Teething: a survival guide

By admin
14 April 2014

Oh, the terrible teething period! It’s enough to make most moms break out in a cold sweat. The tears, the sleepless nights (for baby and mom) and the feeling of helplessness as you watch your baby struggle leave most moms desperate for help. We spoke to three well-known experts and put together this teething survival guide for you.

Oh, the terrible teething period! It’s enough to make most moms break out in a cold sweat. The tears, the sleepless nights (for baby and mom) and the feeling of helplessness as you watch your baby struggle, leave most moms desperate for help. We spoke to Sister Lilian Paramor (of The Sister Lilian Centre), Sister Lorraine Mey and paediatrician Dr Alison Baxter and put together this teething survival guide for you.

Stay calm

However helpless you feel while your baby is teething, it’s good to remember there’s nothing you can do to make baby’s teeth come out faster. If lack of sleep for both baby and mom are making you both feel even more anxious, find someone to give you a hand on the worst days. Dr Baxter recommends a good support system for moms. “Someone should be available to help with the baby during the day so [mom] can catch up on some sleep,” she suggests.

Old wives’ tales

What all moms should remember is teething is different for each baby. There are many old wives’ tales such as putting an egg in a sock or drilling a hole in a coin and pinning it to your child’s jersey. Although fascinating, none of these tales have been proven to help your baby through the teething phase. The best thing to do is simply be aware of your child and be as clued up about teething as possible. And then stick to the routine that works best for you and your baby.

When teething isn’t the problem

Sister Mey says, “Remember that teething is a natural process. Moms tend to fall into the trap of blaming everything on teething. A child can’t be happy during the day and then all of a sudden upset at night. If a baby is sick, they are sick 24/7 and if the child is teething, they are teething 24/7. You must realise the difference between being sick and teething, if your baby has a temperature of above 38 degrees your baby is not teething. They might be sick; consult a doctor.”

Help alleviate the pain

Our experts suggest the following remedies for painful teething:

  • Give baby an iced lolly to suck on; they’re old enough (freeze rooibos tea or fresh fruit juices).
  • Teething rings are great to gnaw on.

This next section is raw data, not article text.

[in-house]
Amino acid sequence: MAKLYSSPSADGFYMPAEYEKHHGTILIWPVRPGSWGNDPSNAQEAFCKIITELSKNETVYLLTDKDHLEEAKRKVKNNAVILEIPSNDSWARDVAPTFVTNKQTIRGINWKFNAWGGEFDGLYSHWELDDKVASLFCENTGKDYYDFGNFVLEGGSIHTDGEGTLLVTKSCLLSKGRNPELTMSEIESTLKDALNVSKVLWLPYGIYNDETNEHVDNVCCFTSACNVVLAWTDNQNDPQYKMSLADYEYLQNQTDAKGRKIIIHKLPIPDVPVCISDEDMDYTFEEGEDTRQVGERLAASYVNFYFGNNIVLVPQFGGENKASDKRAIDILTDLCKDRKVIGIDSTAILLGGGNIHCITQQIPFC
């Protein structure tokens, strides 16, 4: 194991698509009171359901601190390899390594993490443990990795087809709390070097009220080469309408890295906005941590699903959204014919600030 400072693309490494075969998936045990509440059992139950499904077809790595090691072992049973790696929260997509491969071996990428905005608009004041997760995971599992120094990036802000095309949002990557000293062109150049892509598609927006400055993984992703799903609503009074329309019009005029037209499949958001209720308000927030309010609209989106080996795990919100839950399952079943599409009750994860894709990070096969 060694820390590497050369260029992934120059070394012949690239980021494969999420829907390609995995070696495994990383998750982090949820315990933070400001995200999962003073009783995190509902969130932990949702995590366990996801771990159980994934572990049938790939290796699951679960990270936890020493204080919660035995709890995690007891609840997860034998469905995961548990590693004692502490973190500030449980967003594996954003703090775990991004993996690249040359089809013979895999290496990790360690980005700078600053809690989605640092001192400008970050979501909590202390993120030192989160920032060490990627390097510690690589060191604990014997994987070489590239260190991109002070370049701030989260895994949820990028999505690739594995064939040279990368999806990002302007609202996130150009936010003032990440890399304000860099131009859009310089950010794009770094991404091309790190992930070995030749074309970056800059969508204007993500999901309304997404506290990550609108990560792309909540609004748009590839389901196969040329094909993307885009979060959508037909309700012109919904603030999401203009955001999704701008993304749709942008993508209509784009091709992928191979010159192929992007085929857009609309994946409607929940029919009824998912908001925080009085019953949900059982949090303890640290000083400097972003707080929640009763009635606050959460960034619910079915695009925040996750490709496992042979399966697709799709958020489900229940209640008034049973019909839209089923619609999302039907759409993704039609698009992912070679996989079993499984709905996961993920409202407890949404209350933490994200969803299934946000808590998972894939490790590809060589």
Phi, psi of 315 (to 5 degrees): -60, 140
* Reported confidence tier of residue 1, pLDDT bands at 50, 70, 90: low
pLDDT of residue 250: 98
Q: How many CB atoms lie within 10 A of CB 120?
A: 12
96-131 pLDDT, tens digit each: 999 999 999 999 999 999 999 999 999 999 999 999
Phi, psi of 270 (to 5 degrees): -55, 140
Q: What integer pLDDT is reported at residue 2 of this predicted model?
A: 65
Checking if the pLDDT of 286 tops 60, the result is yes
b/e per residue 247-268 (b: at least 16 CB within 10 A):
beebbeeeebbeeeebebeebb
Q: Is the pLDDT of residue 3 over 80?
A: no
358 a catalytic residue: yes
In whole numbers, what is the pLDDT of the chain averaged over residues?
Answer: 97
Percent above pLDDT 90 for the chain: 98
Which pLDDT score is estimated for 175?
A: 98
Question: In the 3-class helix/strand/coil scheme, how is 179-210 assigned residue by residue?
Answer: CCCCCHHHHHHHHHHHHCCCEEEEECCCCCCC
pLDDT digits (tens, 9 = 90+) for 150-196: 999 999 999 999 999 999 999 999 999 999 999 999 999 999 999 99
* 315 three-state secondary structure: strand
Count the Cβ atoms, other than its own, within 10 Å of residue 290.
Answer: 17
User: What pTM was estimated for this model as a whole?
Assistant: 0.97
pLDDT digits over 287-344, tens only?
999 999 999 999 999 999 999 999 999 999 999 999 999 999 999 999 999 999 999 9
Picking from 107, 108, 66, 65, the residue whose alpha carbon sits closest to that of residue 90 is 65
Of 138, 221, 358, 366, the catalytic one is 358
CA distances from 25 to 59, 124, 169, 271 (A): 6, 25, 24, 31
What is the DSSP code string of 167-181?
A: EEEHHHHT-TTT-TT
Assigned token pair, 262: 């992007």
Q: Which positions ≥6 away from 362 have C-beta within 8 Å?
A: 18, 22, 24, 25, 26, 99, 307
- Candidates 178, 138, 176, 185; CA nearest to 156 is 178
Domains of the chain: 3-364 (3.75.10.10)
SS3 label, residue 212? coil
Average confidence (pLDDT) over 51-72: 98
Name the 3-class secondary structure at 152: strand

• Put teething gel or powder on a clean finger and rub on the gums.
  • If baby teethes very slowly and with great difficulty, the tissue salt remedy calc phos

(calcium phosphate) should be given to ease the process.

  • Baby might not feel like eating while teething. Be patient about the return to a full diet; their appetite will improve as they start feeling better.
  • Loose stools associated with teething improve with camomile tablets and when given a probiotic.

Teething toys

There are many teething toys on the market. Many claim to help your child through the difficulties of teething.

As a holistic health practitioner, Sister Paramor is of the opinion teething necklaces work. “I do believe that many babies are helped by the age-old traditional remedy of amber teething necklaces and as a natural health practitioner, I believe that this effect might well have to do with the electromagnetic field of the mineral stone.”

But neither Sister Mey nor Dr Baxter believes teething necklaces can alleviate the problems associated with teething. However, they say some things work for some children and not for others because each child is different. Dr Baxter says, “Some parents believe the necklaces work, but there is no medical reason that indicates it works. If it does, it is probably due to a placebo effect.”

What about medication?

Sister Paramor: The Sister Lillian homeopathic remedy of camomile tablets is useful to treat most of the symptoms associated with teething, as is the tissue salt mag phos (magnesium phosphate). Calc phos tissue salt should be used if baby is an excessively slow teether. You can get these from most pharmacies or health stores.

Sister Mey: Only use teething medication when really needed and never in excess. A topical anaesthetic can be rubbed on baby’s gums and you can give some paracetemol for pain.

Dr Baxter: Try not to rely on medication but if really needed give ibuprofen for pain – but not every night. If the baby has a high fever and is excessively uncomfortable, consult your doctor. Don’t give your child Stilpane or Stopain tablets because it’s unsuitable for children under the age of two years old.

NB All medication should be administered as prescribed or indicated on the packaging and never for prolonged periods.

-Londiwe Dlomo

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